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New Technique for Early Detection of Colorectal Cancer Now Available in the UAE



A lack of health literacy and cultural barriers are to blame for the frequent occurrence of colorectal cancer, which results in 200 new cases being reported annually in the UAE. Colorectal cancer is the third most common cancer in women and the second most common cancer in men in the country. It essentially influences individuals over 40, and prevention through regular screening is referred to as the best method for protecting against it.

Colorectal cancer can spread throughout the body without showing any obvious symptoms. By the time symptoms appear, cancer typically has advanced to a significant degree and may necessitate a combination of surgery and chemotherapy. A survey conducted by Sheikh Shakhbout Medical City (SSMC) found that 63% of respondents believed that regular colorectal cancer screening was unnecessary due to the absence of any troubling symptoms. This indicates a lack of health literacy in the region. The fear of suffering, the fear of contracting a serious illness, and shame were all factors that discouraged Emiratis.

Dr. Aref Chehal, Consultant Oncologist at Sheik Shakhbout Medical City, in partnership with Mayo Clinic, says a change in bowel habits, blood in the stool, abdominal pain or distress, ongoing fatigue, and unexplained weight reduction may all signal the presence of colorectal cancer. “The typical starting point for colorectal cancer is the formation of small, benign polyps on the colon’s lining. However, over time some of these polyps may develop into cancerous growths. To prevent this, a colonoscopy can be performed to identify and remove any polyps before they can become cancerous.”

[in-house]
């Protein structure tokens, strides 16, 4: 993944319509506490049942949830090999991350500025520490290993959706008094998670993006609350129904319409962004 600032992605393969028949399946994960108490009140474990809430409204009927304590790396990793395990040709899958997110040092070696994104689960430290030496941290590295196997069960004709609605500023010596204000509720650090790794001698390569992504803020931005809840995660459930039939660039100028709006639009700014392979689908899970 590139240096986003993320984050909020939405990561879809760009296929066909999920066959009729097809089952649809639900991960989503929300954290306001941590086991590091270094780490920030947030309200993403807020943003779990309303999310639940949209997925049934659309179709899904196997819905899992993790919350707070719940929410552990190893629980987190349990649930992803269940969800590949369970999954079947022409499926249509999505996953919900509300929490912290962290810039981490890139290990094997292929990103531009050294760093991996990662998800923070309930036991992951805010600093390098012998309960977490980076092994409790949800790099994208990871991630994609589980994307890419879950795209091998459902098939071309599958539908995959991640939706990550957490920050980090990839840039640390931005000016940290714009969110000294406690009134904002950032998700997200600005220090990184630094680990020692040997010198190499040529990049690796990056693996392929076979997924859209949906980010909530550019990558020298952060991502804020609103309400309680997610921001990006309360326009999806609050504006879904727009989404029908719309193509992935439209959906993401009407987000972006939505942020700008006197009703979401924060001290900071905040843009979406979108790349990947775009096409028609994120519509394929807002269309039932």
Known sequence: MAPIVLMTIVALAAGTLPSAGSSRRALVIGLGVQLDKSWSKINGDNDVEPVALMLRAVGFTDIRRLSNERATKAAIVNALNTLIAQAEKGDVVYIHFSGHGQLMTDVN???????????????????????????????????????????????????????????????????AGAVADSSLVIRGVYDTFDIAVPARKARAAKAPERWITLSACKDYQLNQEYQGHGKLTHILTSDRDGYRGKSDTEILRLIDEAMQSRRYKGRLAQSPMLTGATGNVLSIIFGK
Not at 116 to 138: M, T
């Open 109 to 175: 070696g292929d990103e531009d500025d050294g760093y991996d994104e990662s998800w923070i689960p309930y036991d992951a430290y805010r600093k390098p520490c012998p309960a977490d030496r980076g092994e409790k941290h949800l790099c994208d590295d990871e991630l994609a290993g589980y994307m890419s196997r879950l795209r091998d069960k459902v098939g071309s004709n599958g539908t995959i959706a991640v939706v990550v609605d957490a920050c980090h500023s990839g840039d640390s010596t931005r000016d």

Colorectal cancer is one of the leading causes of cancer-related death in the United Arab Emirates. Yet, it is likewise one of the least demanding diseases to prevent when detected early, with fixed rates as high as 95%. “Colonoscopy is highly recommended for women and men every 10 years from age 40 as this is the age group where around 80 per cent of all colorectal cancers are found. A FIT test, which looks at stool samples, can be taken annually and is especially important for those with a family history of this type of cancer,” says Dr. Chehal.

The UAE-approved Artificial Intelligence-powered technology, GI Genius, is setting a new norm for early colorectal cancer detection. “The system has been shown to significantly improve visualisation during colonoscopies, which increases the accuracy of detecting pre-cancerous polyps in the colon. This leads to a 50 percent reduction in the risk of death from colorectal cancer,” explains Dr. Chehal. The GI Genius module has been successfully used by SSMC to screen over 300 patients since April 2022.

Colorectal cancer can be treated with a variety of approaches, including surgery, chemotherapy, immunotherapy, targeted drug therapy, and interventional procedures, depending on the stage and location of the disease. From the full range of laparoscopic and robot-assisted colorectal methodology, which lessen pain, blood loss, and recovery time while assisting patients with protecting ordinary capability and staying away from colostomy bags to Ostomy Polypectomy Laparoscopic surgery, a partial colectomy, lymph node removal surgery, endoscopic mucosal resection, resection of metastasis, HIPEC (heated intra-peritoneal chemotherapy), adjuvant and palliative care, and numerous others, patients have numerous options available to them.

“However, prevention is better than cure. And the best way to safeguard yourself is to undergo regular check-ups and screenings if you are 40 or above. It is the only way to increase chances of early detection and the most effective way to increase survival rates,” he adds.

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